Second, two women, Monica Byrne and Hannah Waters, revealed that they had been the victims of sexual harassment by Bora Zivkovic, the blog editor for SciAm and a man considered a lion in the field of science blogging and communications. Zivkovic has admitted to the incident with Byrne; as of when I wrote this, no reaction yet regarding Waters.

It’s been a bad week for SciAm. More than that, it’s been a bad week for science communications.

Problems in the system

I barely know Zivkovic; we met briefly at a conference last year, and we’ve interacted a couple of times on Twitter. But it’s widely known through the community that he has been a booster for young women in science writing, advising them and helping their names and work get some visibility in the community.

After Waters posted her revelation, I got in touch with a young colleague who happens to be female and who has done some work with Zivkovic (she has asked to remain anonymous for the time being), asking her reactions. Over the course of several direct messages over Twitter, she said:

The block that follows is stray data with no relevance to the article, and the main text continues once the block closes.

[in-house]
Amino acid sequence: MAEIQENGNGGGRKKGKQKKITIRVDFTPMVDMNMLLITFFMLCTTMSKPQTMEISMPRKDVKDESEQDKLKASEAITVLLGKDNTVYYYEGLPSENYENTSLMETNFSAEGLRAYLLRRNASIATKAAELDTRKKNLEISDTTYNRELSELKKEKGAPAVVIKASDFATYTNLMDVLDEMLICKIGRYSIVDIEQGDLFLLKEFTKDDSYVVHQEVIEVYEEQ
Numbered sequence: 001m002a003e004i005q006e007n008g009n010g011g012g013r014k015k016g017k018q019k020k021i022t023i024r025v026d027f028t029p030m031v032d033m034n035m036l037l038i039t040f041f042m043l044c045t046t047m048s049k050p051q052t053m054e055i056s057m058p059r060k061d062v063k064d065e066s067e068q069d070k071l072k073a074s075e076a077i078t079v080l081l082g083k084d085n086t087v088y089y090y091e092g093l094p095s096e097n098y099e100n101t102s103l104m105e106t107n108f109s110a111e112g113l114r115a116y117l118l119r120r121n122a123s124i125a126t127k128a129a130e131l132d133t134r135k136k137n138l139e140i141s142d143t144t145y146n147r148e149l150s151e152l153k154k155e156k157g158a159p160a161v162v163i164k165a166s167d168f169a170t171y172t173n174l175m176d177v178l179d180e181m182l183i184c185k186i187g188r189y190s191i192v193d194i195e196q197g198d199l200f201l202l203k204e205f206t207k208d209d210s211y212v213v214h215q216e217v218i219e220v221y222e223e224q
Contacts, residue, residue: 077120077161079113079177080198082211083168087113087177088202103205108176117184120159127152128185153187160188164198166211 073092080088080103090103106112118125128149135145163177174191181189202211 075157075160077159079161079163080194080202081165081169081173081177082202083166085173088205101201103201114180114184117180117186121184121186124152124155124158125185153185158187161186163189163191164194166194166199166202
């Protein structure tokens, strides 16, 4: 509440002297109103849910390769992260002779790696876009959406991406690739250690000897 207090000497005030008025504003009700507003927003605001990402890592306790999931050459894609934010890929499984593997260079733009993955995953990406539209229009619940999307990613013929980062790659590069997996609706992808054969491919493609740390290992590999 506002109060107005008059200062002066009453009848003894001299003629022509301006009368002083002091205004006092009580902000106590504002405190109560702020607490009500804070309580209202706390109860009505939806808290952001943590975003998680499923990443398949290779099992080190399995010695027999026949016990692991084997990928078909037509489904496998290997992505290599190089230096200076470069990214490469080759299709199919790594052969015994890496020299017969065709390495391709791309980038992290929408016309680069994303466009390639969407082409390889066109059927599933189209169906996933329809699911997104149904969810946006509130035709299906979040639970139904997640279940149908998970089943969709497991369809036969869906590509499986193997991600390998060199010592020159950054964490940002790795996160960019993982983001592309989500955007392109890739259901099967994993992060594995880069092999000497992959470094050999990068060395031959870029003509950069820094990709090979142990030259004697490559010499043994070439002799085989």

I believe the accusations 100%, from minute it broke there was no doubt in my mind. Very sad about it all, reflecting on my own interactions.

What Hannah wrote resonated a lot with me, I think we’ll come to find this doesn’t stop at two women, [I] strongly think there are others.

My field, science communications, covers — nay, revels in — what goes on in another field, scientific research. Apart from an intense curiosity about how the universe works, both fields have another thing in common: an organizational and power structure where there are a lot of women at the low- to mid- career tier and a lot of men in positions of power.